Violence against monks. Violence against Han Chinese. Understandable anger against Chinese state violence. Understandable anger against Tibetans who commited acts of violence at Han Chinese. China continues crackdown, continues today.
Chinese Media control and suppression. Blackout in China. Censorship in China. Chinese voices of patriotic constructive criticism, of consideration of human rights, and of mediation, shouted down, silenced. Western media predominant focus on China human rights abuses, less on Tibetan violence towards Han Chinese. Latent & state-instigated Chinese nationalism--both in China and abroad.
What has happened/is happening to discourse & discussion in America? One development that must be accentuated and crucially reversed is the censorship & stifling of basic discourse, in America:
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The media took note first when Duke University's Chinese international student Wang Qianyuan was harrassed on April 16th and continually mobbed with threats till this day, for attempting to mediate at a Tibetan vs. Chinese rally and for speaking for human rights. Wang's family in China is in hiding from numerous death threats by fellow Chinese.
Today's NYT article takes a broader assessment of this development that has taken place, of talk (in America!) on Tibet-China stifled & censored. By whom? Indeed, if we as Americans lose sight of our foundational principles to speak freely, discuss freely, to protect and defend speech & discussion from intimidation at all costs, then it is really we ourselves who have censored our own principles. It would be we ourselves who have outsourced another one of our goods to the authoritarian People's Republic of China (the MADE IN CHINA brand of "speech" & "discourse").
Min Zhu, center, was removed from an event with a monk at the University of Southern California after a bottle was thrown.
"...Campuses including Cornell, the University of Washington in Seattle and the University of California, Irvine, have seen a wave of counterdemonstrations using tactics that seem jarring in the American academic context. At the University of Washington, students fought to limit the Dalai Lama’s address to nonpolitical topics. At Duke, pro-China students surrounded and drowned out a pro-Tibet vigil; a Chinese freshman who tried to mediate received death threats, and her family was forced into hiding.
And last Saturday, students from as far as Florida and Tennessee traveled to Atlanta to picket CNN after a commentator, Jack Cafferty, referred to the Chinese as “goons and thugs.” (CNN said he was referring to the government, not the people.)...
“We’ve been smothered for too long time,” said Jasmine Dong, another graduate student who attended the U.S.C. lecture.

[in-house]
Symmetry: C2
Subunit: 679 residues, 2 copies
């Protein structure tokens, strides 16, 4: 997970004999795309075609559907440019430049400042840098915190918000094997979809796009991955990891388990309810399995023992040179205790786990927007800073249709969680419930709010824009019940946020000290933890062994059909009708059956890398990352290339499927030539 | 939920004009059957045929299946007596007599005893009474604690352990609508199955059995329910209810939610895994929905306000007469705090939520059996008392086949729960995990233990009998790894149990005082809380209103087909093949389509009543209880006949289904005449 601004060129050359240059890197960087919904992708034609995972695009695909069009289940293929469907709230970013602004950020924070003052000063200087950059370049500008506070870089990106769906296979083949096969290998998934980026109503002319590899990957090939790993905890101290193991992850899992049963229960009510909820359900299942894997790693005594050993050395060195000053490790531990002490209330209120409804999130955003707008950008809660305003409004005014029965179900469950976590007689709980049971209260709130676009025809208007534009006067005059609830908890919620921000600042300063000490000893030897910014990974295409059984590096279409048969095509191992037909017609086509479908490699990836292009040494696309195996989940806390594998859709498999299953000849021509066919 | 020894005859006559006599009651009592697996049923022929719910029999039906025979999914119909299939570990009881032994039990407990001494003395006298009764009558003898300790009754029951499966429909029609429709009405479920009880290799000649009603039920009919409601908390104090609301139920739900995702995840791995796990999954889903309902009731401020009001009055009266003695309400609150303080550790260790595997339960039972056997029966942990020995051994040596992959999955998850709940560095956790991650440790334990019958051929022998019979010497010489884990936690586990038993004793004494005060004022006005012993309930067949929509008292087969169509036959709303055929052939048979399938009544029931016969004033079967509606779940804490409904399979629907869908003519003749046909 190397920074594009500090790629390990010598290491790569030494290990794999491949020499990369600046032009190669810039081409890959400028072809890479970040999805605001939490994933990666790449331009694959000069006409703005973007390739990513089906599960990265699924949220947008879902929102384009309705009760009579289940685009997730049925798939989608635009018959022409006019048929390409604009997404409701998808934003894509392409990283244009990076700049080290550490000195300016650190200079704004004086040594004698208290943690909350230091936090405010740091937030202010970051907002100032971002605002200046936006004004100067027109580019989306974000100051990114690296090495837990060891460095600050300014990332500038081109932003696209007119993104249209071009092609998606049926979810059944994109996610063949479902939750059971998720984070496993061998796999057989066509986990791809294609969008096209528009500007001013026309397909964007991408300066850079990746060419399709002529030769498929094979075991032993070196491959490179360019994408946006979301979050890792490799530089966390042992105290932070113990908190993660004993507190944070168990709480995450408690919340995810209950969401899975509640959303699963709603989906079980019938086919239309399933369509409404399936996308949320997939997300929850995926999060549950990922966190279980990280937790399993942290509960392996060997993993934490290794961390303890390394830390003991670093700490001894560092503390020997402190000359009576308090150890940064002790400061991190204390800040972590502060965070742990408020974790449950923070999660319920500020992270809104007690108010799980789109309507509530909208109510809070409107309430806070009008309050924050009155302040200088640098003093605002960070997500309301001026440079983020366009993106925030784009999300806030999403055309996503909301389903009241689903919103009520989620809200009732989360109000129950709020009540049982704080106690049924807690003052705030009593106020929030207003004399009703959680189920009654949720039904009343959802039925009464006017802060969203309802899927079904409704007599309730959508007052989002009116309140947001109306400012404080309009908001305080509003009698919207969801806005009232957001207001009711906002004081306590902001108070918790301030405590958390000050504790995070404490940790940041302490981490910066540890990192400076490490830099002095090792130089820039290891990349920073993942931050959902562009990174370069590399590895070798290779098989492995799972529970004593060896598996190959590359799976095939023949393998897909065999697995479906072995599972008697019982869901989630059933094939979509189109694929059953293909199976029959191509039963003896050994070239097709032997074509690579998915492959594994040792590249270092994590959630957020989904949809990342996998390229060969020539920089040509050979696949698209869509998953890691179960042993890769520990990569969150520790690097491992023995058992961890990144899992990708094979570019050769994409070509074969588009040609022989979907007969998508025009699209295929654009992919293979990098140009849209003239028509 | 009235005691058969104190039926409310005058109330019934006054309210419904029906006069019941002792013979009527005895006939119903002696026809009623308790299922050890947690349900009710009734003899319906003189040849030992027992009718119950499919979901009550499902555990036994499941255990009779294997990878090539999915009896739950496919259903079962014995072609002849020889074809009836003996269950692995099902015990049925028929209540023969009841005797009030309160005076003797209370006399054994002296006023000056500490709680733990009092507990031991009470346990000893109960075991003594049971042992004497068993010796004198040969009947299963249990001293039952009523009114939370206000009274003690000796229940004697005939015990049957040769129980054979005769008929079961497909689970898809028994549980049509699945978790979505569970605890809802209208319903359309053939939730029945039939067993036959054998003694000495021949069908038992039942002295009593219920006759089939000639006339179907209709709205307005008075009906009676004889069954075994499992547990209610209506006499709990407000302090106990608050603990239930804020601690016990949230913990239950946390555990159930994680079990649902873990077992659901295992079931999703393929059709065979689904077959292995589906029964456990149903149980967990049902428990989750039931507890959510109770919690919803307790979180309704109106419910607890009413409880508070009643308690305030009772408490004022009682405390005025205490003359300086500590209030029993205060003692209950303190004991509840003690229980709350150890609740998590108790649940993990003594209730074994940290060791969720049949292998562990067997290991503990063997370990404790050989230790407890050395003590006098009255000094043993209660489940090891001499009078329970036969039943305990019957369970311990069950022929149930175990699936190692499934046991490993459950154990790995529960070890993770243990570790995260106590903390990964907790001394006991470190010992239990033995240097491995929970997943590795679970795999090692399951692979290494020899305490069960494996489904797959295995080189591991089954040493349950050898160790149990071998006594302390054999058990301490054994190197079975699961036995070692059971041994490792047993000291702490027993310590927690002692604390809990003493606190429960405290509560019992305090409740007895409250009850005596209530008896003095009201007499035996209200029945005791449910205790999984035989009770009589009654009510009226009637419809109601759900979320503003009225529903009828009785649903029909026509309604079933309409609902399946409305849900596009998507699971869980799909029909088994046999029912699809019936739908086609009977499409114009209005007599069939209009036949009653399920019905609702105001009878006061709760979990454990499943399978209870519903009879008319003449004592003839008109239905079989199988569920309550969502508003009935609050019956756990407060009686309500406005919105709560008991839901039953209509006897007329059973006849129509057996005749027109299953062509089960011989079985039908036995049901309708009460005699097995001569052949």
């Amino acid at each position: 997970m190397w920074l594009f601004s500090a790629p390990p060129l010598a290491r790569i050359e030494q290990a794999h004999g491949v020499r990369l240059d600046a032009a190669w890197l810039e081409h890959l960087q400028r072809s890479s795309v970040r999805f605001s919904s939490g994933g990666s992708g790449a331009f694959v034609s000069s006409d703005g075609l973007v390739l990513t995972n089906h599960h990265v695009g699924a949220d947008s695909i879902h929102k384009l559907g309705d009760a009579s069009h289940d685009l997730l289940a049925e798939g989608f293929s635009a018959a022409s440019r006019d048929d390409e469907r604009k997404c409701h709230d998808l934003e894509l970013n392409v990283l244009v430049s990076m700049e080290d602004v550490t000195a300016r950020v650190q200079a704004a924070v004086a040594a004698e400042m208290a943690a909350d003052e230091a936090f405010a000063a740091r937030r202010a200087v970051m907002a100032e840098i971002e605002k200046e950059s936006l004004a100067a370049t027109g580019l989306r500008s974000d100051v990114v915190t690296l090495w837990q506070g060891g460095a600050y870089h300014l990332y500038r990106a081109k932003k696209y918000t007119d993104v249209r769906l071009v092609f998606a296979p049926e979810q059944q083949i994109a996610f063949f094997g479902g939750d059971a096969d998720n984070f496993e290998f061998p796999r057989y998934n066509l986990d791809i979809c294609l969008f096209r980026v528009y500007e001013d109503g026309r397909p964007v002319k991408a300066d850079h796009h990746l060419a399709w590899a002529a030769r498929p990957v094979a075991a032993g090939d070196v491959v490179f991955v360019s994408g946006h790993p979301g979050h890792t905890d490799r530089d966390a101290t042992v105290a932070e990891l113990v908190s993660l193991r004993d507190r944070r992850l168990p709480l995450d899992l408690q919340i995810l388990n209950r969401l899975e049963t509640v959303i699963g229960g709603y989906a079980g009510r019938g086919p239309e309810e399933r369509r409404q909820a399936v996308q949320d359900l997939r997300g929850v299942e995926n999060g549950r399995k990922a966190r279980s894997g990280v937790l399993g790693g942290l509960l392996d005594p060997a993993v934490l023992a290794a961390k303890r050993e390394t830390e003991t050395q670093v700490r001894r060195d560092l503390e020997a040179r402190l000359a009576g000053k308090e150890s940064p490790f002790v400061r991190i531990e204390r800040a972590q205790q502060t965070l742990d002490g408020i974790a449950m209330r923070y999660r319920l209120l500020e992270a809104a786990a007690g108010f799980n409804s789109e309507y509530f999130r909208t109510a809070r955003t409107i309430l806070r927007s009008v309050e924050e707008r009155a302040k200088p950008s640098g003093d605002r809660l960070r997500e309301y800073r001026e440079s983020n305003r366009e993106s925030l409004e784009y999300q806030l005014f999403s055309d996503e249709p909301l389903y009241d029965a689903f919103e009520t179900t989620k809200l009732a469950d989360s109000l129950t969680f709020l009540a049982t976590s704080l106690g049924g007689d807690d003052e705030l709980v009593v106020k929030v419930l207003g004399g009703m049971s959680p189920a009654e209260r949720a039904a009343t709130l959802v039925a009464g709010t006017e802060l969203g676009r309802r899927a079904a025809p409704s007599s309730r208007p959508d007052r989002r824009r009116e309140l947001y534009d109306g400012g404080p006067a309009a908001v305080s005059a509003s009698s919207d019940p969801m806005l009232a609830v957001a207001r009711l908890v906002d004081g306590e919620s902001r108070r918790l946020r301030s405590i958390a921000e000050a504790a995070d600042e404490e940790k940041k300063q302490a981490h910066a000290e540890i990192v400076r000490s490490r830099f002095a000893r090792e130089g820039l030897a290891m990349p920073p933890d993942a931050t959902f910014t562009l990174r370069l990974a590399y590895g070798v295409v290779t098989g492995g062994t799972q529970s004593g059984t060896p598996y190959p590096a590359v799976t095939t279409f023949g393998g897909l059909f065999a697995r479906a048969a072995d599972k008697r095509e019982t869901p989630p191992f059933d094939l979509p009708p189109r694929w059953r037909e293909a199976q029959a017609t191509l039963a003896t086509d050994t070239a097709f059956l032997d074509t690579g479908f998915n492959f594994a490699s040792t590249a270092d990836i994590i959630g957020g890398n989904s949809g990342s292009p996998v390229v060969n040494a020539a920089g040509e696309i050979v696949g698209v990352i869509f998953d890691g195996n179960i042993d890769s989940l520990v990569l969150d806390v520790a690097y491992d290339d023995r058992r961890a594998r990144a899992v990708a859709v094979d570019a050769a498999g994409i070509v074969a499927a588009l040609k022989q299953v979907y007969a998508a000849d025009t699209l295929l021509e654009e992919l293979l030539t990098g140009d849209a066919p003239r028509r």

By that, Ms. Dong did not mean that Chinese students had been repressed or censored by their own government. She meant that the Western news media had not acknowledged the strides China had made or the voices of overseas Chinese. “We are still neglected or misunderstood as either brainwashed or manipulated by the government,” she said...
Rather than blend in to the prevailing campus ethos of free debate, the more strident Chinese students seem to replicate the authoritarian framework of their homeland, photographing demonstration participants and sometimes drowning out dissent.
A Tibetan student who declined to be identified for fear of harassment said he decided not to attend a vigil for Tibet on his campus, which he also did not want identified because there are so few Tibetans there. “It’s not that I didn’t want to, I really did want to go — it’s our cause,” he said. “At the same time, I have to consider that my family’s back there, and I’m going back there in May.”
Another factor fueling the zeal of many Chinese demonstrators could be that they, too, intend to return home; the Chinese government is widely believed to be monitoring large e-mail lists.
Universities have often tried to accommodate the anger of their Chinese students. Before the Dalai Lama’s visit to the University of Washington, the campus Chinese Students and Scholars Association wrote to the university president expressing hopes that the visit would focus only on nonpolitical issues and not arouse anti-China sentiments. According to a posting on the group’s Web site, the university president, Mark A. Emmert, told them in a meeting that no political questions would be raised at the Dalai Lama’s speech. A spokesman said the university, which opened an office in Beijing last fall, had prescreened student questions before the Chinese students voiced their concerns.
Some experts say that colleges feel constrained from reining in the more extreme protests through a combination of concerns about cultural sensitivity and a desire to expand their own ties with China.
“I think there tends to be a great deal of self-censorship,” said Peter Gries, director of the Institute for U.S.-China Issues at the University of Oklahoma, “and not just among American China scholars but among the whole web of people who do business with China, including school administrators.” "